Developing-nation currencies fell for a fourth day, coming within a whisker of erasing all of this year’s gains.
(Bloomberg) — Developing-nation currencies fell for a fourth day, coming within a whisker of erasing all of this year’s gains.
A loss of 0.8% this week has left MSCI Inc.’s gauge of emerging-market currencies just 0.3% up in 2023. Anxiety over the Federal Reserve potentially keeping interest rates higher for longer, China’s plans to expand a ban on the use of iPhones and weak German economic data dented sentiment toward riskier assets on Thursday.
“Sluggish growth in China, a persistently hawkish Fed and the prospects of stagflation in the Eurozone are not particularly conducive factors for EM currencies,” said Piotr Matys, a currency analyst at InTouch Capital Markets.
The Polish zloty was again the biggest loser among developing currencies after the central bank cut rates more than expected Wednesday. The governor of the country’s central bank, Adam Glapinski, defended the cut, saying that inflation will likely slow to 8.5% in September, and pushed back on accusations that the move was politically motivated.
The Chilean peso followed the zloty as the second-worst performer in the developing world, sinking to a new year-to-date low for the second time this week. Falling interest rates are undermining the currency’s appeal to carry traders, especially when compared to regional peers like Colombia, which is the top gainer Thursday.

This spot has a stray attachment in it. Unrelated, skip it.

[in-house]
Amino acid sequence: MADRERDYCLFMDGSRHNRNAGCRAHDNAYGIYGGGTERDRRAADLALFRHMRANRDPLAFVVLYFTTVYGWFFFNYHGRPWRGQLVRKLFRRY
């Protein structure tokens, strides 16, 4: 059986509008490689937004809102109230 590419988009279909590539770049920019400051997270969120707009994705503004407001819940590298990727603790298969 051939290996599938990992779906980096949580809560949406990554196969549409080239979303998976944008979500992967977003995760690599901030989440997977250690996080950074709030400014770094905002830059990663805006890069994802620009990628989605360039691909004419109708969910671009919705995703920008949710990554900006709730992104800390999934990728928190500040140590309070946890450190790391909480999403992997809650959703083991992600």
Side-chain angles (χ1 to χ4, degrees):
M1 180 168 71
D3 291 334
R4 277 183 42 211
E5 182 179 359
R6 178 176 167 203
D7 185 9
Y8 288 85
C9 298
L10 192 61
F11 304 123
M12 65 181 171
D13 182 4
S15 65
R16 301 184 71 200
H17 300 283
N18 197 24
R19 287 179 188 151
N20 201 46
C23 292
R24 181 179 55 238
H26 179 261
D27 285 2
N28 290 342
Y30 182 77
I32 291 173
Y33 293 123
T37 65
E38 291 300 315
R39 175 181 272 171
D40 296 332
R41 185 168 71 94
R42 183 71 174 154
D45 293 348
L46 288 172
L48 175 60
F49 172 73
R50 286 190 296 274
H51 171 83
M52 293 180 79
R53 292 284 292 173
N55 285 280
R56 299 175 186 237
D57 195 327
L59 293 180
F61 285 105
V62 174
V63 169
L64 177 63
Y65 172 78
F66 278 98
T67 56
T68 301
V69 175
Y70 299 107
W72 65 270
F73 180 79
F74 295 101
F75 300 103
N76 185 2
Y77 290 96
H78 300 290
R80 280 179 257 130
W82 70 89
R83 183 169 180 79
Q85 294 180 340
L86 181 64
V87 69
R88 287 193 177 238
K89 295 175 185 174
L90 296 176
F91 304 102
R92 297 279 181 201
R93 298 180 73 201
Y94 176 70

Turkey’s lira weakened for a fifth day, even after President Recep Tayyip Erdogan appeared to back the more orthodox monetary policy of his new economic team that requires higher interest rates.
Read More: Turkey Circles the Wagons to Appease Market Doubting Erdogan
China’s economic troubles and the dollar’s renewed vigor have weighed on emerging assets, with equities sliding for a third day. China’s property developer stocks dropped following a sharp rally in the previous session that was fueled by bets on further policy support.
The Chinese yuan dropped to a 16-year low against the dollar, despite the People’s Bank of China setting its daily reference rate at a stronger-than-expected level for a 54th straight day.
To encourage sustained capital inflows back into emerging markets, Beijing may have to unveil a “comprehensive package of reforms to address structural issues of the Chinese economy,” and the Fed will need to signal that rates could be cut in the first half of 2024, said Matys at InTouch Capital.
Elsewhere in Asia, the ringgit weakened for a fifth day after Malaysia kept its benchmark interest rate unchanged for a second straight meeting as the country seeks to support economic growth. The policy statement no longer describes the central bank’s monetary stance as “slightly accommodative,” removing any residual expectation for additional tightening, said Frances Cheung, a rates strategist at Oversea-Chinese Banking Corp. in Singapore.
(Updates with Chilean peso in the fifth paragraph.)
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